Recognized by Europe-based A Different View as one of fifteen champions for World Democracy, Hafsat Abiola is President of Women in Africa (WIA) Initiative. WIA is an organisation which provides a platform for leading and high potential African women to connect and raise their level of individual success and collective impact.
Her experience covers the local to global. From an eight-year stint as a member of cabinet in Nigeria’s industrial state where she was responsible for expanding access to public services for the poor; to her work as a councillor of the World Future Council, a global entity that identifies, analyses and spreads the world’s best policies; Hafsat works to promote the sustainable development agenda at all levels. She is one of three leads of Connecting Women Leaders and the Special Envoy to Africa of the Women Political Leaders.
Inspired by women’s often unrecognised contributions to developing their families and communities, Hafsat believes women are the greatest untapped resource available to meet the challenges facing the continent of Africa. Through her non-profit, the Kudirat Initiative for Democracy (KIND), which works in Nigeria; and WIA, which operates across Africa, she is working to build a critical mass of women with the capacity to take on these challenges and to bring about the breakthroughs Africans need.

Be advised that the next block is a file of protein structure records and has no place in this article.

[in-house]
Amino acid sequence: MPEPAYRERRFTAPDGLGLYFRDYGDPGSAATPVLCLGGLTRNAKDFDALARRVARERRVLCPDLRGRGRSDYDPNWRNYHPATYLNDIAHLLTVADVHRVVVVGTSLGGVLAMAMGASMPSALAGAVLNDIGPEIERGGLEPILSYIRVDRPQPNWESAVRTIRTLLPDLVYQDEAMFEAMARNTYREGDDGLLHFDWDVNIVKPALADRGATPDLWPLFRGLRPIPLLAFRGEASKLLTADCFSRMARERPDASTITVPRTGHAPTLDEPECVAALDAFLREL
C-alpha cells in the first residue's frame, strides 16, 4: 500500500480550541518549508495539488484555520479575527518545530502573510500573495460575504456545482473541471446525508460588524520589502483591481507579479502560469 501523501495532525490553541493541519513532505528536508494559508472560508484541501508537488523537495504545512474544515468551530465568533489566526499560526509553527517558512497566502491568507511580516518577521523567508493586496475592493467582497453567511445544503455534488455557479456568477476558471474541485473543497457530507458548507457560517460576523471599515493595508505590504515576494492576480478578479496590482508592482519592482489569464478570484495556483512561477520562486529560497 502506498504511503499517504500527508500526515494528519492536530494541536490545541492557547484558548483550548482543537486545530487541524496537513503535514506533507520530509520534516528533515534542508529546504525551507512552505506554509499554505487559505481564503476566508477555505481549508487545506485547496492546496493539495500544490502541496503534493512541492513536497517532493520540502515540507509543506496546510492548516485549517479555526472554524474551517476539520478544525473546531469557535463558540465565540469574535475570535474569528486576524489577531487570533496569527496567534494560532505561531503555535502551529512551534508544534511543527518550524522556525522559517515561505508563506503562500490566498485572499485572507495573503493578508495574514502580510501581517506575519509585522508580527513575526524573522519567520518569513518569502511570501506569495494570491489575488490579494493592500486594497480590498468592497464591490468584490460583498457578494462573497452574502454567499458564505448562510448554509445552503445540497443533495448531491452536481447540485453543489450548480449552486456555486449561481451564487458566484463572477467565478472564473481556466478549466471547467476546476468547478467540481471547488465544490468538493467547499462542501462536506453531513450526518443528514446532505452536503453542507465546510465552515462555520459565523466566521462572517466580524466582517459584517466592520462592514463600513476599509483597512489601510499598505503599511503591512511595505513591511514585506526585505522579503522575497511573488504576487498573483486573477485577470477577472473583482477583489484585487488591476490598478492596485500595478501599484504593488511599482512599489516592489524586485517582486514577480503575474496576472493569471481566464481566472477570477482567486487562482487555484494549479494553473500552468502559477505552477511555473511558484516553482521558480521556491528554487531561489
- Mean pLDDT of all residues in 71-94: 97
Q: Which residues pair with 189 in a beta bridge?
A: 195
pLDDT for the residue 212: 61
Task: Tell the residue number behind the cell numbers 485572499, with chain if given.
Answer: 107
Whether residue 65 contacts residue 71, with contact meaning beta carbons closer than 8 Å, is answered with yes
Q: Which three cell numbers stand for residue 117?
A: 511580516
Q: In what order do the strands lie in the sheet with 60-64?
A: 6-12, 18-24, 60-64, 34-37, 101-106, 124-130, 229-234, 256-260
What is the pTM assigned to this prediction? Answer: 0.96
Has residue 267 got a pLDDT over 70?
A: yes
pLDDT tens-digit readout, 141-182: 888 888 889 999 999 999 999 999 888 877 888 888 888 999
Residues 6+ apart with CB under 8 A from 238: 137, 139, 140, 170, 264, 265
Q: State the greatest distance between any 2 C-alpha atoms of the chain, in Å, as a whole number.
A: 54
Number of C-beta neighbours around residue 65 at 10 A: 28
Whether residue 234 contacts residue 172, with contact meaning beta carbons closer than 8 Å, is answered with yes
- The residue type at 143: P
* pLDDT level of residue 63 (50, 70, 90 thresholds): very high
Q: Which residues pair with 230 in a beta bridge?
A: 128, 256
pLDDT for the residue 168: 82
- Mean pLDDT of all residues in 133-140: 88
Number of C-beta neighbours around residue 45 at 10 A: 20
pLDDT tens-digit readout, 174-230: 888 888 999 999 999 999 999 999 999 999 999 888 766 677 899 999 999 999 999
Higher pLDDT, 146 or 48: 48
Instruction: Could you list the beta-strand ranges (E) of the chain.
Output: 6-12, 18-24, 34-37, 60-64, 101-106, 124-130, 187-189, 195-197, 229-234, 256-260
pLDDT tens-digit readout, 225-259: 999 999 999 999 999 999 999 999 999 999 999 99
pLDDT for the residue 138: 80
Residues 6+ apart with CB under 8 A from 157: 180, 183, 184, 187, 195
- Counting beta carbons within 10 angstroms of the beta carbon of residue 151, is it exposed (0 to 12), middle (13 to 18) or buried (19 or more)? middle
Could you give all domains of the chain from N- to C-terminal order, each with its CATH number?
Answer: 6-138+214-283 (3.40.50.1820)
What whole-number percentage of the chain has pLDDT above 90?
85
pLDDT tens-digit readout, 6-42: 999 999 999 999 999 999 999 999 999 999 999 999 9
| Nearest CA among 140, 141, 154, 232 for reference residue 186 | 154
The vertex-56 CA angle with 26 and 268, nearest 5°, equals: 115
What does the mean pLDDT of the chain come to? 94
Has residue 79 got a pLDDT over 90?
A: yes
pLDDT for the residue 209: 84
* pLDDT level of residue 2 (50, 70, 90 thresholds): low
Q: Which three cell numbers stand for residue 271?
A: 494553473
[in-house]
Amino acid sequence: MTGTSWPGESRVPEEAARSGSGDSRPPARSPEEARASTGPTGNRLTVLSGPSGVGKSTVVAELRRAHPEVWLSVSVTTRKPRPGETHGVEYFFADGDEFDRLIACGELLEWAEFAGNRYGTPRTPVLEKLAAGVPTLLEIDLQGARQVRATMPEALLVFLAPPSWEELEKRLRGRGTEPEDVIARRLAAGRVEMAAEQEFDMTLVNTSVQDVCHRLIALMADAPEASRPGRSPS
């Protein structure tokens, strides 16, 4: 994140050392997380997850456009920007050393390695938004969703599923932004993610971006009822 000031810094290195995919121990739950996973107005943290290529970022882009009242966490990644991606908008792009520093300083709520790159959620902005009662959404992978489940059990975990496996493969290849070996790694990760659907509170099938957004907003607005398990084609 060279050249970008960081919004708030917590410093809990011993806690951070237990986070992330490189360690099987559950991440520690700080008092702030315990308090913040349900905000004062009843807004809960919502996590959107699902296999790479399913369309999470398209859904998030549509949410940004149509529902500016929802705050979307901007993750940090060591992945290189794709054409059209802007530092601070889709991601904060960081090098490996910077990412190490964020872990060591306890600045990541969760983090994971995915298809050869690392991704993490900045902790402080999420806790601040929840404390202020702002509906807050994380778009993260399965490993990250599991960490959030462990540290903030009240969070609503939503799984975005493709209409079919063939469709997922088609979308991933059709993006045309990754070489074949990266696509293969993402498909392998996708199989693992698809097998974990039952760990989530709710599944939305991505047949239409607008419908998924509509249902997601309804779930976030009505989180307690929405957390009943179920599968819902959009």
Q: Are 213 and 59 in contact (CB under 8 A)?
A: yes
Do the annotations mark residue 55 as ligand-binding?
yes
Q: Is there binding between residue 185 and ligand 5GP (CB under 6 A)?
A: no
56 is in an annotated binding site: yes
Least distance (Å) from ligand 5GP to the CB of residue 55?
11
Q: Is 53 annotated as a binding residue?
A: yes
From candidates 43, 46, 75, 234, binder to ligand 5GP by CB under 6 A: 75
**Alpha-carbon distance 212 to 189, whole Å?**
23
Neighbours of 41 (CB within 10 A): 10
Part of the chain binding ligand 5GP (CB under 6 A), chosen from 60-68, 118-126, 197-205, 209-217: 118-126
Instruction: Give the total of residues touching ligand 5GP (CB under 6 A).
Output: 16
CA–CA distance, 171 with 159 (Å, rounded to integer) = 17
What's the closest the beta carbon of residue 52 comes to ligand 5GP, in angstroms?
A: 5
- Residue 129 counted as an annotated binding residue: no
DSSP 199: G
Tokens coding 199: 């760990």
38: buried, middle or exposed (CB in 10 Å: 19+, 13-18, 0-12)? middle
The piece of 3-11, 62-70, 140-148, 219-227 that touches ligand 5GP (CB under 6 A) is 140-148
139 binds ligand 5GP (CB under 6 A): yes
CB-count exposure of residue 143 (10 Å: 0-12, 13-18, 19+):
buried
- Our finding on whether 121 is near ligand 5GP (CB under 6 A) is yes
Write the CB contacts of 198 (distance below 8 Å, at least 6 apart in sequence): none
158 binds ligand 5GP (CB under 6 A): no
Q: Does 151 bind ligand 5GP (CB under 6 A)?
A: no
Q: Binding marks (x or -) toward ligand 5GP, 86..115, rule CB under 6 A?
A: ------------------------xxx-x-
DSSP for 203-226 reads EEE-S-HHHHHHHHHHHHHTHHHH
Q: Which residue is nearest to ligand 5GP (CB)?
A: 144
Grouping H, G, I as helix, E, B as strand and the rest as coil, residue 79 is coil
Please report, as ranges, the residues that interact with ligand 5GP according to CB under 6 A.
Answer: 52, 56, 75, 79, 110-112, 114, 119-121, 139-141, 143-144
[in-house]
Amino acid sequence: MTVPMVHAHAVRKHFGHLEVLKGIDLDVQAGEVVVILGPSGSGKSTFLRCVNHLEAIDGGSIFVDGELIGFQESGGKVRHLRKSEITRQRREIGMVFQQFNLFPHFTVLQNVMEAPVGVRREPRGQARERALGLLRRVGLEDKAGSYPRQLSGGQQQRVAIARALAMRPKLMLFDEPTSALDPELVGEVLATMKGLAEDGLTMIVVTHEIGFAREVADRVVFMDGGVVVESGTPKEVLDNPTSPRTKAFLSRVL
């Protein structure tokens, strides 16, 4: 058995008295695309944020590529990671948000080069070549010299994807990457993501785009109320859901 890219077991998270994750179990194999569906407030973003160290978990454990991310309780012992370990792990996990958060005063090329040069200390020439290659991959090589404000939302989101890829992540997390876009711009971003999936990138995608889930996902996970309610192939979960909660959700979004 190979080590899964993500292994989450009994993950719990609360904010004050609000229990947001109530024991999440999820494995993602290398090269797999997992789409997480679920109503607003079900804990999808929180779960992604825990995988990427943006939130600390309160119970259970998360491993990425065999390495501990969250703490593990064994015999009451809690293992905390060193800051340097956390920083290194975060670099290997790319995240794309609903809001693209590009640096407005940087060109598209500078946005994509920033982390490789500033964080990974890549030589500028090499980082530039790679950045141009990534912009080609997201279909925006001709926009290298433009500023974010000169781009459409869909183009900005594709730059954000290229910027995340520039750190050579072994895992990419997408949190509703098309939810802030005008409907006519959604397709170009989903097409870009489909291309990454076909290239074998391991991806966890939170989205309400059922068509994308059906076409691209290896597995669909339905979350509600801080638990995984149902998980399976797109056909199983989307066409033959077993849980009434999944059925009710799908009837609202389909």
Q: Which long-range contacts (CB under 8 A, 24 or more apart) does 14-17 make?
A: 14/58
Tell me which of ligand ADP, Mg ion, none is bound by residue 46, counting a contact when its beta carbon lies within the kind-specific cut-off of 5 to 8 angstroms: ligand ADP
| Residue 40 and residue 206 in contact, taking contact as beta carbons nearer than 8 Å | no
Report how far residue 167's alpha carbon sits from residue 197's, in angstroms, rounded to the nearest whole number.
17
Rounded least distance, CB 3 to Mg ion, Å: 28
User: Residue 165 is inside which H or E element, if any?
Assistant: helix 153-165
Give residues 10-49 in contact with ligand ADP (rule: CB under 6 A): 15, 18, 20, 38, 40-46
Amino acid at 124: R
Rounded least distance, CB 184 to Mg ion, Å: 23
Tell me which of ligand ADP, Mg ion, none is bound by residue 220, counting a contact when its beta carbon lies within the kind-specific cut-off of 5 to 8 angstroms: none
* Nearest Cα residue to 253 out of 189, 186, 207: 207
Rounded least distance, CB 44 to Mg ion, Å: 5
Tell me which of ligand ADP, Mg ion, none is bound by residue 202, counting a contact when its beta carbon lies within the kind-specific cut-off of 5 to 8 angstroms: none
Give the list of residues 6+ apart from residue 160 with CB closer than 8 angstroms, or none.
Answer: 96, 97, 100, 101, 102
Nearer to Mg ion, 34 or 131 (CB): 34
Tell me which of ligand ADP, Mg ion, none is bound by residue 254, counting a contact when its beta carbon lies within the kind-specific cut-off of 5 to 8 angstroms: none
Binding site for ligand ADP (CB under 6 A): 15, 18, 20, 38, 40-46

Hafsat’s commitment to fostering democracy and development in Africa is a tribute to her parents, celebrated philanthropists who lost their lives in the course of their efforts to restore democracy during a time of military rule in Nigeria.
She graduated from Harvard University with a A.B. in Development Economics (Hons.) and received a Master’s in International Development from Tsinghua University. She is the recipient of several awards including the recognition as a Young Global Leader by the World Economic Forum in 2006, the Goi Peace Foundation award in 2016, the Freedom Award from the U.S. National Civil Rights Museum in 2019, and the Excellence Award from the Forum de Bamako in Mali in 2021.